Hubbis, Feb 13, 2017
Born from the acquisition of RBS’ private banking business, Sanctum Wealth Management is off to a flying start owing to a trio of strong fundamentals – global expertise, domestic agility and a strong client franchise.
For a firm that launched less than a year ago, Sanctum Wealth Management has arrived and landed well in the Indian wealth management industry.
Shiv Gupta, the firm’s founder and chief executive officer, is a man with a plan, and is determined to demonstrate that Sanctum Wealth Management is ready to take on all-comers in the wealth management ring.
“Our vision is to be the most trusted Indian wealth advisor, upholding the highest standards of conduct and service,” explains Gupta. “I am of the firm opinion that the principles contained within this vision statement resonate with quite a lot of people, not least our clients.”
Indeed, the fundamentals of the business are rooted in the concept of trust. And if clients see a professionally capable, values-driven organisation with integrity at its core, then it will make for a very compelling proposition. “Integrity doesn’t only apply to our dealings with clients, but also to staff, partners, counterparties and regulators,” he adds.
Quick to gain traction
Sanctum Wealth Management began operations in April 2016, through the acquisition of the India private banking business of RBS, also known as Coutts India.
In doing so, Sanctum Wealth Management was able to get a running start on account of the sizeable client franchise and the block of talent that came with it – which itself was the result of the value that had been built up over time through investments made by the previous owner.
Mumbai is Sanctum’s functional centre. Here, alongside the client teams, the majority of the investment and functional teams are based. The three other offices – Bengaluru, Chennai and Delhi – consist mainly of front-line staff with a sprinkling of specialist resources.
Sanctum is now looking at expanding its presence to additional cities, starting with Kolkata where it has an existing book of business.
“We have made quite a lot of progress quite quickly, with a new operating architecture and an enhanced product proposition,” says Gupta. “We have established our operating rhythm and on the back of this, have seen our client base grow by 25%.”
For example, after acquiring its various licenses, Sanctum can now offer discretionary portfolio management services, a new proposition, in addition to pure advisory services.
It has been a big undertaking – constructing a new firm, acquiring and activating all its licenses, and hiring new people. Now, Gupta is pleased it is all up-and-running and he, along with the management team, are already focused on the next step in the firm’s evolution.
Focus on what you do best
As a pure-play wealth manager, Gupta says the firm has focused its efforts at finding the best way of constructing its client proposition to deliver an end-to-end service, across a range of its clients’ wealth management needs.
This spans investment management, estate planning, real estate services and private investment opportunities. It offers them through a combination of the firm’s own platform and a network of partnerships and alliances.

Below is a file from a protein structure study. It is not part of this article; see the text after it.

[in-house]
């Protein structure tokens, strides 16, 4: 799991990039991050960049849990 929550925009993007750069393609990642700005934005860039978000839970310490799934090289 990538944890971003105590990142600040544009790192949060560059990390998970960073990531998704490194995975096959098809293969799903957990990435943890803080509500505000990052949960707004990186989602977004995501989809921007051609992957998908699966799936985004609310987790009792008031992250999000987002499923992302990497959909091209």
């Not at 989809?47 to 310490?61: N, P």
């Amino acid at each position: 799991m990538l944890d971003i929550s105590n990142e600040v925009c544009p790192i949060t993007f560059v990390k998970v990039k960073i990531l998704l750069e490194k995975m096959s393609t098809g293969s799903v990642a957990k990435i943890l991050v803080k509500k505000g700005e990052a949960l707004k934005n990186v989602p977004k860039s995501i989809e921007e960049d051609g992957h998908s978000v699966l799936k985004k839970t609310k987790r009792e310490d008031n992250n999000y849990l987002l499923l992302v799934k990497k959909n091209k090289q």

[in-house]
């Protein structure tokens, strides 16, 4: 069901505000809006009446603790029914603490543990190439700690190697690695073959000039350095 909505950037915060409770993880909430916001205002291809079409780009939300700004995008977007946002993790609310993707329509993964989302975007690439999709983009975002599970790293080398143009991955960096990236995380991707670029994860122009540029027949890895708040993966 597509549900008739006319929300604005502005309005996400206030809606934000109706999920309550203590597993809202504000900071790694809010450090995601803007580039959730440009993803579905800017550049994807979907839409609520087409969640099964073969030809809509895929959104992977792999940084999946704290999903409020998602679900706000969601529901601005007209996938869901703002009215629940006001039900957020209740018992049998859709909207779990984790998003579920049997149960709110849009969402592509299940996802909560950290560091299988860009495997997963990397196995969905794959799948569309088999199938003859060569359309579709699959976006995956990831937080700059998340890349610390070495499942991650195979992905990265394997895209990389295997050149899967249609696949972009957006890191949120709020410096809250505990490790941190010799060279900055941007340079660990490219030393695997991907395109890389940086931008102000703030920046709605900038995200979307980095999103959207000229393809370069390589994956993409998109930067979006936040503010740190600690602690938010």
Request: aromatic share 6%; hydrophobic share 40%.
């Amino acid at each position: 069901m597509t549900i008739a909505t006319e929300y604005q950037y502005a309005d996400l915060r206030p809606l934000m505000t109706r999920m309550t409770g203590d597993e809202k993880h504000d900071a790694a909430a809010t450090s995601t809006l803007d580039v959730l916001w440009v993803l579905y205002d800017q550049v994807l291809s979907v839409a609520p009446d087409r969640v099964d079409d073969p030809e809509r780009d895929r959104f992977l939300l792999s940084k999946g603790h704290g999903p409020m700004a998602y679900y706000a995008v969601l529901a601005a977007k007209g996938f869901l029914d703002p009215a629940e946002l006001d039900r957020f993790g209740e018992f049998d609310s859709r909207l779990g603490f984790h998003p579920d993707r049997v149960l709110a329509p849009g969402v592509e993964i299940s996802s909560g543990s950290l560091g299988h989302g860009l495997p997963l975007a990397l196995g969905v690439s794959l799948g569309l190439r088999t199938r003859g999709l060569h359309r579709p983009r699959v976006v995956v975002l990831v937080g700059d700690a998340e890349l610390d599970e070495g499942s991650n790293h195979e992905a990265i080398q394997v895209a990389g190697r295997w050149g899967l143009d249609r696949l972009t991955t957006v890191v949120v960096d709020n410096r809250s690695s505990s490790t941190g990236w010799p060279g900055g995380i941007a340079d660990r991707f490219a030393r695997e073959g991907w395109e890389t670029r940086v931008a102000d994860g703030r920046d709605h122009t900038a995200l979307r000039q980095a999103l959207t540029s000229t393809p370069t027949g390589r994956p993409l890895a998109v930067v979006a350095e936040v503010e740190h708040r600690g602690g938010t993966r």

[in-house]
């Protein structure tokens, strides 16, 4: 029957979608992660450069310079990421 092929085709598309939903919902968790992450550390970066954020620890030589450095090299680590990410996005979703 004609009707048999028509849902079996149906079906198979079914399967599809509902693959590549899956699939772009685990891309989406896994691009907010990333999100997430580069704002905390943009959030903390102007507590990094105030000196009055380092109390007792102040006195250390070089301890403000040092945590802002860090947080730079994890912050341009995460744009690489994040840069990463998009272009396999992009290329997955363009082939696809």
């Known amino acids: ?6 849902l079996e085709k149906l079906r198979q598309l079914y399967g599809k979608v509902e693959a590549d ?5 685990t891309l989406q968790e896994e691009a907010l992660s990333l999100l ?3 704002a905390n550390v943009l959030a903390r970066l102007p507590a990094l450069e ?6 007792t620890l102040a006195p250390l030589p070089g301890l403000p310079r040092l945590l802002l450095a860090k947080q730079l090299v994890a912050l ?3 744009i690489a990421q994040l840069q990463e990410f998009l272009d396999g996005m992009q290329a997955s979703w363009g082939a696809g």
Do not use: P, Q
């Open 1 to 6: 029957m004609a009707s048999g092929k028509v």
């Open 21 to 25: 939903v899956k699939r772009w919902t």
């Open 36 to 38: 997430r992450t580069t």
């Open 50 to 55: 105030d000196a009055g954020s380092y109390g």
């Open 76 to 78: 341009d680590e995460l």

At its core though, it rests on the notion of the wealth manager as an unbiased curator and custodian.
Gupta maintains that this extended suite of solutions, accompanied by flexible and innovative pricing, will assist Sanctum in reaching its goal of high-end market penetration, while paving the way to future expansion.
The firm, however, sees the proposition and platform as elements of a larger theme. “In a professional services proposition likes ours, being different comes down to outstanding customer experience, certainly in the long run, and achieving this requires attention to a number of design and cultural factors. It is about the people you have and how they are trained, your firm’s values, the approach used to deliver client solutions, the depth and breadth of the proposition, and increasingly in the use of technology.”
Banking on technology
Digital is also set to play a big part in the success that Sanctum is aiming for. “We have fundamentally overhauled our platform with a new technology architecture that massively enhances our productivity, mobility and client experience. However, we have discovered, with some humility, this only gets us to a baseline from which we must build further,” says Gupta, “even though many in the industry are not at this baseline, in my opinion.”
There is also a new way in which clients interact with the firm, especially in the digital space.
“We have provided our clients with access to their portfolios, both online and mobile, which is something we didn’t have before,” says Gupta. “Even today, a lot of our competitors don’t have this.”
How to leverage technology to further improve the client experience is important to Gupta as part of the next phase of growth. This might well be in the form of providing more analytical tools, better online reporting and online transaction capability.
“If we want to succeed at this game, we must be aware of, and adopt, the latest technologies in servicing our clients,” he explains. “It also needs to help from an internal efficiency perspective, so that it is appealing to both clients and professionals who are looking to join us.”
Success at the top-end
Sanctum is clearly benefiting from the marriage of its heritage and traditional experience with its new-found flexibility and agility.
“The sort of advantages that come with being a pure-play wealth manager, with the dynamism and agility of a domestic player alongside world-class governance, and a high-calibre team, result in execution abilities that not many in this industry can boast of,” adds Gupta.
Couple this with the macro-economic fundamentals for India that he is a firm believer in, and it seems like this is a positive story waiting to unfold.